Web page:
RTA makes a stupid decision

The Dayton Business Journal has their facts wrong.

Bus advertising sales over the last 8 years has generated 2.7 million dollars for RTA.

It could have generated more- but, that might have required one more employee than the sole employee dedicated to selling ads. It could also have generated more money, if they charged higher rates- because this was a “Best buy” for the Dayton market.
Burritos be gone: RTA votes to end bus advertising – Dayton Business Journal:

The Greater Dayton Regional Transit Authority voted late Thursday to discontinue advertising on its public buses, allowing advertising contracts to expire this year from companies such as Chipotle Mexican Grill. The Chipotle ads made the buses look like burritos, the restaurant’s signature product.RTA board members said they’re taking steps to make the buses look more uniform in color and more appealing to customers.

Advertising revenue from the buses brings $80,000 per year, just one-tenth of 1 percent of the RTA’s operating revenue. The RTA also must re-paint a bus every time it changes an advertisement, adding to the cost.

The repainting argument is also bull- because they just put a new wrap on the bus, when they take the old one off- no need to repaint.

While all residents of Montgomery County have already been taxed a .5% sales tax surcharge to support RTA- we are now being asked to reduce an income stream that helps support public transit- all for “vanity.”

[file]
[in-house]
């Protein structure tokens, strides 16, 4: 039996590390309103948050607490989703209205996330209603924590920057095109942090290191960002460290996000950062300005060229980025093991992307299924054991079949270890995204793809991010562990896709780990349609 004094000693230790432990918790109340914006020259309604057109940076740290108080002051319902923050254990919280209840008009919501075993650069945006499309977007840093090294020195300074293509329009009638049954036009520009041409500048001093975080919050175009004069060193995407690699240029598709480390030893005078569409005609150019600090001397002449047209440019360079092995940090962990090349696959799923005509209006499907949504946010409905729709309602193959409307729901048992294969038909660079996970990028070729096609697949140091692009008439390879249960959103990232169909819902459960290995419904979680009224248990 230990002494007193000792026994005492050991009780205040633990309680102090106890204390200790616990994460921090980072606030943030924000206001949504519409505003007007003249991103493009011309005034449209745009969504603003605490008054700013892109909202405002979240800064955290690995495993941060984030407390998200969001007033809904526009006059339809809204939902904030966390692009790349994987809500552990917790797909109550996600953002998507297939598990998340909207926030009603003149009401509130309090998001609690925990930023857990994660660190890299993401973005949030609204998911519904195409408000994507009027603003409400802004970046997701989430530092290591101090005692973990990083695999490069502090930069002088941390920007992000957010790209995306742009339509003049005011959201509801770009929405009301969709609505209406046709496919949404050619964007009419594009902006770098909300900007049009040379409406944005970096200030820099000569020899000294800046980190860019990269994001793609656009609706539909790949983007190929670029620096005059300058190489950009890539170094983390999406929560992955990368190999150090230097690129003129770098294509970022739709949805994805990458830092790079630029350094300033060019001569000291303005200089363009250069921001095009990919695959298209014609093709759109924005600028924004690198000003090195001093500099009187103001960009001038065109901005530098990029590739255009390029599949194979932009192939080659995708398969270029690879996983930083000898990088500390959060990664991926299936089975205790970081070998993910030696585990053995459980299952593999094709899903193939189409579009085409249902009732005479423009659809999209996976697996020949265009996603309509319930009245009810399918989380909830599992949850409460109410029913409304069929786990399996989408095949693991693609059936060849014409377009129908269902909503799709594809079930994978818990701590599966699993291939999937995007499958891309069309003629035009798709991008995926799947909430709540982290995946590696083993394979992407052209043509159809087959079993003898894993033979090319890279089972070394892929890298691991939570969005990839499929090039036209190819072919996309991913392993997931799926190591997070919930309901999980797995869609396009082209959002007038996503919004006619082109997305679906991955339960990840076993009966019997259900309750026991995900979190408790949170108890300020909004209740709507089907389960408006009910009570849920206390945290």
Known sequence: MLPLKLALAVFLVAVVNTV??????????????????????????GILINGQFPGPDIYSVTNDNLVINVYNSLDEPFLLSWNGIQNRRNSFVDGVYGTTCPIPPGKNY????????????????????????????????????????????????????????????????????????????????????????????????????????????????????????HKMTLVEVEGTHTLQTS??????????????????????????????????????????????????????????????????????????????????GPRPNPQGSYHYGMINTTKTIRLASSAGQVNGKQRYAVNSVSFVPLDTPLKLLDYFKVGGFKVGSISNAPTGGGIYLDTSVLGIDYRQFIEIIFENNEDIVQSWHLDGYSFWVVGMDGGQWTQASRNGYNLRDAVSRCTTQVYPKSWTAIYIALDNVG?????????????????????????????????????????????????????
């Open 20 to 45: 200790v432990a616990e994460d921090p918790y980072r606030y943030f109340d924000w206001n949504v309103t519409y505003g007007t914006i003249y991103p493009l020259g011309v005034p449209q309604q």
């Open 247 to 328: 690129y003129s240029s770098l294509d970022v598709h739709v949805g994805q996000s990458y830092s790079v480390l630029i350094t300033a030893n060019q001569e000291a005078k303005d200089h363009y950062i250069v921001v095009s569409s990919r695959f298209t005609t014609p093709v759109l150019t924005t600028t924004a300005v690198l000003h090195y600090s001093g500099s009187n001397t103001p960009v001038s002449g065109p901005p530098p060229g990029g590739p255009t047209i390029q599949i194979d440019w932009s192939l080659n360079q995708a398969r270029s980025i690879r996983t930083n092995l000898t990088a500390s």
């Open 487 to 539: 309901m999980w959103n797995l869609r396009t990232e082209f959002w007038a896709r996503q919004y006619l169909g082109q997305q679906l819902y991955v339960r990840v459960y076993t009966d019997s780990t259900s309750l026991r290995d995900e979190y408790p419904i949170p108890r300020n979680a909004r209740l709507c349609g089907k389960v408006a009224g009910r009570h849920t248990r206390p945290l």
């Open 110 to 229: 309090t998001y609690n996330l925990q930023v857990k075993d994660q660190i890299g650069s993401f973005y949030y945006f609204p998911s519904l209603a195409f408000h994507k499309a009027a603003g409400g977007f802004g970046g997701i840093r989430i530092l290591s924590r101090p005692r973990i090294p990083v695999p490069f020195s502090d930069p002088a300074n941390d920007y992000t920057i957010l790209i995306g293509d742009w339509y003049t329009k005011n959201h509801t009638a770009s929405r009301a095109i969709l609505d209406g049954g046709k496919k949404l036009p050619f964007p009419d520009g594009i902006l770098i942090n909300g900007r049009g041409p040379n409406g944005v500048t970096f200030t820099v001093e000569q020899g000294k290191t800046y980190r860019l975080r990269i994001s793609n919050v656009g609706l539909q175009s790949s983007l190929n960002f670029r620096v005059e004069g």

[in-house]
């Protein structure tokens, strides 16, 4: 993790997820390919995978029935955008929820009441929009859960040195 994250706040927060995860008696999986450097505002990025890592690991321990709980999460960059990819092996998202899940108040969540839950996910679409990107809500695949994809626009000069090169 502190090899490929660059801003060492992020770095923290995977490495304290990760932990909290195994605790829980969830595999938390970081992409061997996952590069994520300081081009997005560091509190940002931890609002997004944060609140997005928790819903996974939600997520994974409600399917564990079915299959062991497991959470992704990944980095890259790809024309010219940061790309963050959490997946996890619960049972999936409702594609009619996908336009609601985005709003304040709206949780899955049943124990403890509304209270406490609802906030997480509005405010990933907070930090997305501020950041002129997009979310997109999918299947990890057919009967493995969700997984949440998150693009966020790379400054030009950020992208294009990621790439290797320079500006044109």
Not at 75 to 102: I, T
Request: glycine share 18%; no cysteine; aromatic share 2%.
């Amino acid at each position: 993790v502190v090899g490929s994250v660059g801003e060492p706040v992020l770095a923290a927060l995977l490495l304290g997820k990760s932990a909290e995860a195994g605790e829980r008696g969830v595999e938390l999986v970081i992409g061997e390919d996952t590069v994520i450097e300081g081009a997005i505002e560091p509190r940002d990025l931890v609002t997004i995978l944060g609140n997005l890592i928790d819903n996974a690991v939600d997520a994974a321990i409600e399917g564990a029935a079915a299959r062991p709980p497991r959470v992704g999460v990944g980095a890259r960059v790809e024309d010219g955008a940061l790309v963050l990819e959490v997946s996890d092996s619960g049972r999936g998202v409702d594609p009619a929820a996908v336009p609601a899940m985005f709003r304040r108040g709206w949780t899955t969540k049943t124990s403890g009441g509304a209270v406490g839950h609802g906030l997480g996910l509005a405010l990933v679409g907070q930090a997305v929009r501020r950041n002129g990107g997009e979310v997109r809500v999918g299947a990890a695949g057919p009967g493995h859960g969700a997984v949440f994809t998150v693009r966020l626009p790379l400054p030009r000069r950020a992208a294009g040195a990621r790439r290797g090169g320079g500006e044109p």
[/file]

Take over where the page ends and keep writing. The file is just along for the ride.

Inexpensive outdoor advertising is one of the most effective local tools for locally owned business. Cutting an affordable way for small local businesses to advertise is another step in the Wal-Martization of our community,

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6 Responses

  1. Bruce Kettelle January 11, 2007 / 4:00 pm
    If all these facts are correct then they have recently experienced a drop in revenue fromover 200k per year to 80k. That is a big difference and would make me want to look closer.

    But the need for locations to place outdoor advertising grows as the number of permitted billboards and bus stop benches shrink. The wrap is an effective tool to reach residents in the Dayton market and should be able to generate the revenues they have been accustomed too. But it shouldn’t take two people.

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  2. Jeff January 11, 2007 / 4:46 pm
    Aside from the economics of all this, I sort of liked the burrito busses….this ad campaign was witty and fun, which is some of the best & more memorable advertising.

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  3. David Esrati January 11, 2007 / 5:32 pm

    Bruce-
    They have one sales person. Then there are the guys in the maintenance shed who put the small signs on.
    They are cutting all advertising- not just the full wraps- my source is Janet Moore- the woman who sells the bus ads.
    The Dayton Business Journal story has many misquotes- the 80K a year isn’t close to the right figure- each full wrap is $25K a year- plus materials and installation (my firm can provide a full wrap for $5,500- not including the design).
    So just 5 buses counts for more than $80K even after paying Janet.

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  4. Bruce Kettelle January 11, 2007 / 10:43 pm
    Sorry Janet – I didn’t consider there might be more responsibilities than just selling the wraps.

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